In the course of his tour through Greece, St. Paul addressed the Athenians. He spoke to cosmopolitan people who knew little of Jewish monotheism. The Apostle observed the numerous pagan altars in Athens.
St. Paul’s address to the Athenians took place within a context that it is helpful for us to recall.
In Jerusalem, in Athens, in Rome, and everywhere in between, the people worshipped at altars. In other words, wherever St. Paul spoke about Christ, he spoke to people who exercised a religious cult of one kind or another.
In our day and age, the word ‘cult’ has come to suggest mindless adherence. But the root meaning of the word is something simpler. A cult is simply the external expression of a group’s religion.
As St. Paul pointed out to the Athenians, people are naturally religious, so people naturally exercise a cult.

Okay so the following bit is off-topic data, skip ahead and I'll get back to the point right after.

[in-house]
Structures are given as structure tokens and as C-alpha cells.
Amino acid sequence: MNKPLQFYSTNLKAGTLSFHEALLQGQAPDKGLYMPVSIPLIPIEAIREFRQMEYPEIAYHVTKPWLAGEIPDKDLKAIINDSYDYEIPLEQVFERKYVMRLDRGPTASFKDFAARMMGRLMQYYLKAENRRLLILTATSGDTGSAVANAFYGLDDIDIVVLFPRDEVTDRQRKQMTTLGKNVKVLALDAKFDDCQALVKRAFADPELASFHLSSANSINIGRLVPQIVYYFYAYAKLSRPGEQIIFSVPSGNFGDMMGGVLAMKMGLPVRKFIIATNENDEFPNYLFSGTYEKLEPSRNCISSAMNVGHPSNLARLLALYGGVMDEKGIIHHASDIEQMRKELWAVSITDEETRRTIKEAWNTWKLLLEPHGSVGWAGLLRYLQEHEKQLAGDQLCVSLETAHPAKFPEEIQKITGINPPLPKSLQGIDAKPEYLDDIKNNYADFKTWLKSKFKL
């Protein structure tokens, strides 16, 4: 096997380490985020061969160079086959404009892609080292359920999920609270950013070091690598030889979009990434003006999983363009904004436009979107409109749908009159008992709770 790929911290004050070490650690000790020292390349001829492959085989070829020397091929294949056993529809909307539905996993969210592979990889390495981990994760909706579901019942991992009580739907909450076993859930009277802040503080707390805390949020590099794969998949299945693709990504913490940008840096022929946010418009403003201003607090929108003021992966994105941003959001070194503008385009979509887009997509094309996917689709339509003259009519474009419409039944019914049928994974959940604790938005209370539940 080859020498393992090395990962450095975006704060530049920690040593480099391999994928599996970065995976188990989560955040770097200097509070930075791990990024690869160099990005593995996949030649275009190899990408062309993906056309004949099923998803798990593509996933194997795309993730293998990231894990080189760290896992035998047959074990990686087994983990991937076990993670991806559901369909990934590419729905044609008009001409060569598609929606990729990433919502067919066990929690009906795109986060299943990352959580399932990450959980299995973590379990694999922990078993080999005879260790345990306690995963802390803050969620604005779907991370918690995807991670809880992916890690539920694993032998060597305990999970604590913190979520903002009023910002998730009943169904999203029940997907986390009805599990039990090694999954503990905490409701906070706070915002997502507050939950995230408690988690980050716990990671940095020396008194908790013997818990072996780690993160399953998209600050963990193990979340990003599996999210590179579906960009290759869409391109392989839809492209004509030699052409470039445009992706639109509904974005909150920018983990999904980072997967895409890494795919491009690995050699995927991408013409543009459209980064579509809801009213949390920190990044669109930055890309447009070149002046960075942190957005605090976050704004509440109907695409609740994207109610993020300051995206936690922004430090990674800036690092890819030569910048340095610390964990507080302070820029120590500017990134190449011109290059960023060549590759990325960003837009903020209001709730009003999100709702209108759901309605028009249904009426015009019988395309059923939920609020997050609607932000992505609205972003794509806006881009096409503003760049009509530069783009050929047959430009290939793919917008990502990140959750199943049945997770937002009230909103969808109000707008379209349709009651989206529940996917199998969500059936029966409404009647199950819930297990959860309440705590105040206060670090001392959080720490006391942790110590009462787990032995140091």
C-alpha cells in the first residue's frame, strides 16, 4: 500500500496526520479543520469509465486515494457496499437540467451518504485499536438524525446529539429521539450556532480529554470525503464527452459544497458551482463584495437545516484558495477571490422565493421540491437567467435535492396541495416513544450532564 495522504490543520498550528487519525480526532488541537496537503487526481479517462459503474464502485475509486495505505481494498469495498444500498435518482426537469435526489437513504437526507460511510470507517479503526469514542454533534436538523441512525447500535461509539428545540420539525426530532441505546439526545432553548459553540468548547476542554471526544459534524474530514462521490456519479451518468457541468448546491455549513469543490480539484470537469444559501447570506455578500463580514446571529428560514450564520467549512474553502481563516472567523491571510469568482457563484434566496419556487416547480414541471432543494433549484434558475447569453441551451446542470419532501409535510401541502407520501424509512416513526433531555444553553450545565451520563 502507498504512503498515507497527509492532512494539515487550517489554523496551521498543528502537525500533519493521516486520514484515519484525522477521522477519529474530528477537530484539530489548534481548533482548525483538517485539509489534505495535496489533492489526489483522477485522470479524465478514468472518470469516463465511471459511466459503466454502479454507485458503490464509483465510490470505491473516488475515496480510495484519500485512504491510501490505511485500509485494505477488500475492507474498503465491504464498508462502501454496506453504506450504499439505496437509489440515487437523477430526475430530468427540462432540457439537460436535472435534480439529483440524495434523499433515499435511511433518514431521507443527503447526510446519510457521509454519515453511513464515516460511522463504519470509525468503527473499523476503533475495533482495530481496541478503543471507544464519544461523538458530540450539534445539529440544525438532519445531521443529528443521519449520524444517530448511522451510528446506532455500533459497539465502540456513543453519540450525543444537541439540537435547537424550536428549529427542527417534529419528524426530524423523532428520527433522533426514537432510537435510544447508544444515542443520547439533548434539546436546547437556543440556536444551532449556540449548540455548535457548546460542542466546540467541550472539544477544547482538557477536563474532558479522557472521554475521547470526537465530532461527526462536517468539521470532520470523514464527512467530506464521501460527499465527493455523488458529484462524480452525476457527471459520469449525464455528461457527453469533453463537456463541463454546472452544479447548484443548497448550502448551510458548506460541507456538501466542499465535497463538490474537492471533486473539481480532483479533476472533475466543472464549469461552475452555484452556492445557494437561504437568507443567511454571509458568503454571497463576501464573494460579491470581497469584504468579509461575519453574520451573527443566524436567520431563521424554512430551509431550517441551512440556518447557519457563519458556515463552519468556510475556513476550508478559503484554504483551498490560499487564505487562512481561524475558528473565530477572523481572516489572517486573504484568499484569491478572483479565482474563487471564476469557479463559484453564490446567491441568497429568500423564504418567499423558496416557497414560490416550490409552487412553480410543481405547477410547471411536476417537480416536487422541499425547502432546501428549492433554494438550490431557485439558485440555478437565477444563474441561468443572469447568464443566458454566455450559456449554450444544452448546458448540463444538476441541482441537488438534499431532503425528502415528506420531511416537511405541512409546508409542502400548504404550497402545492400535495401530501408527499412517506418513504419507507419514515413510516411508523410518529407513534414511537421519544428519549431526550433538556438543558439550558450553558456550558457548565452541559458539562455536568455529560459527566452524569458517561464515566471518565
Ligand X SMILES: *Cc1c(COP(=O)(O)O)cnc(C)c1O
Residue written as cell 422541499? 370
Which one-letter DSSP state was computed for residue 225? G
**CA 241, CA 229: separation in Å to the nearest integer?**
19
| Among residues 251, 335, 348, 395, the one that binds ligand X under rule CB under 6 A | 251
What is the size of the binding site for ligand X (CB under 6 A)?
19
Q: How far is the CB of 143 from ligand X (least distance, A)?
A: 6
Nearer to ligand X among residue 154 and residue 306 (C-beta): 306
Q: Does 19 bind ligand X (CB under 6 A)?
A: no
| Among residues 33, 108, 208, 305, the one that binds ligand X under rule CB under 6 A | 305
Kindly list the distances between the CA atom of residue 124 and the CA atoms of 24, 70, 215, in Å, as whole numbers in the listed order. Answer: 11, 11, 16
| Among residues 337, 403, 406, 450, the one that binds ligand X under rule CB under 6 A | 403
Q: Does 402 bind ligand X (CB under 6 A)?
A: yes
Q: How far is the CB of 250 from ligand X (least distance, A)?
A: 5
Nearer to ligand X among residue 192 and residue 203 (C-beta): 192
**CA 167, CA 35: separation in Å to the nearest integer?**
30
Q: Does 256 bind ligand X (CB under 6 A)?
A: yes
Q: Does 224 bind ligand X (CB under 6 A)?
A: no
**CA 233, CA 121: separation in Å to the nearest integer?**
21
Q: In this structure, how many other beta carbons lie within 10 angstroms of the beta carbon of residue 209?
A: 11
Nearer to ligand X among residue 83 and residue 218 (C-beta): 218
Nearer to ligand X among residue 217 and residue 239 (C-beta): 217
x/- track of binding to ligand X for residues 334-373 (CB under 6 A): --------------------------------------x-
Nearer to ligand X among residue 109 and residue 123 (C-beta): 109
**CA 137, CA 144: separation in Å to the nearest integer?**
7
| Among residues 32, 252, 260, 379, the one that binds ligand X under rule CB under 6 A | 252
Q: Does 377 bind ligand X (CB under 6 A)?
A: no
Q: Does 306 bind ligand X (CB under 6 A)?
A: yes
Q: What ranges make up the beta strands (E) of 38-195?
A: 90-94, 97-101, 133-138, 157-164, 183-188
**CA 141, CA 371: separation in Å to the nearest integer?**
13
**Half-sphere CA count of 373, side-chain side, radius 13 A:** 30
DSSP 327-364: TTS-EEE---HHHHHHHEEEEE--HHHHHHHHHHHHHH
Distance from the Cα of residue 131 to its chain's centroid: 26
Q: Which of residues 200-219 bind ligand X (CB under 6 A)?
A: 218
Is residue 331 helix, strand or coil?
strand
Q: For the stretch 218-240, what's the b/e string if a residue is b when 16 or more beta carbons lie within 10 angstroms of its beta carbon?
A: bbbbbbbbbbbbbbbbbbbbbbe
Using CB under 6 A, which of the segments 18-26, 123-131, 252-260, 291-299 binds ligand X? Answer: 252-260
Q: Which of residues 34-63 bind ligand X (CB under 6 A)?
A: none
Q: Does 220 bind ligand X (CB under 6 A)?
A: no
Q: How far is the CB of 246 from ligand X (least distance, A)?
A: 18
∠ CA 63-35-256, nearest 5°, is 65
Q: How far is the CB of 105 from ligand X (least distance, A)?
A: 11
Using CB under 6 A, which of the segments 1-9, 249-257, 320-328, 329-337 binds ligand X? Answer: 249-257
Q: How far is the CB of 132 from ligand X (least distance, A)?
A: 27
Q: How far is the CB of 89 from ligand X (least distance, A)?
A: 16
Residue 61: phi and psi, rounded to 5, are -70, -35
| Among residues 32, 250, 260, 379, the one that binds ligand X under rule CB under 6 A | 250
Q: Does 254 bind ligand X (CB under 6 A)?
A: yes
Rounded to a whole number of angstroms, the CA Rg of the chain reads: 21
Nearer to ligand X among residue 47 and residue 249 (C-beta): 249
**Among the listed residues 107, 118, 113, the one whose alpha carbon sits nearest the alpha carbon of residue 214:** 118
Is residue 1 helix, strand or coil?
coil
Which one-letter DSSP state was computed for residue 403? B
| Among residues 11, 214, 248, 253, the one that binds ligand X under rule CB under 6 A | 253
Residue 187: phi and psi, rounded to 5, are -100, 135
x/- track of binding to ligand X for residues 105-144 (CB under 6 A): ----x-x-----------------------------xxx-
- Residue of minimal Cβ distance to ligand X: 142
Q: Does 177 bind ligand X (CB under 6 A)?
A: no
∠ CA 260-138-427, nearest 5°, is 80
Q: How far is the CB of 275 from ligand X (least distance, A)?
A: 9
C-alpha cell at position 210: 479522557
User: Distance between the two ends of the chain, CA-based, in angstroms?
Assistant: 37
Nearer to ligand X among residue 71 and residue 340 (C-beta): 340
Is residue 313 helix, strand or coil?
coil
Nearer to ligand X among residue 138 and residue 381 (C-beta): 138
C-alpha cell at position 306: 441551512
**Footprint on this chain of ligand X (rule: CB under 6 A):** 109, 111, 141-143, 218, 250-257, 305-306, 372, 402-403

The problem is this: All the cults of the world are natural expressions of human submission to the higher power. But only one cult expresses that submission in accordance with God’s express will. In other words, all religion is natural, but only one religion is true.
St. Paul spent his life explaining–to religious people–the true religion, which is the religion of Jesus Christ. And he spent his life practicing–for the benefit of cultish people–the true cult, which is the Holy Eucharist and its attendant sacraments.
St. Paul’s successors have done the same. St. Justin Martyr was one of these successors. Justin explained the true religion to religious people, like rabbis and philosophers. And he explained the true cult of the Holy Mass to the Roman Emperor.
What does this have to do with us? Didn’t the Word of God exhort us this past Sunday to stand ready always to give an account of our faith to any inquiring mind?
Not only that—Don’t we owe it to ourselves to seek solid explanations for the tenets of our religion and the practices of our cult? Catholicism is NOT a ‘cult,’ in the pejorative sense of the term. We are free to ask questions and seek explanations. The more we do that for our own private benefit, the readier we will be to help others.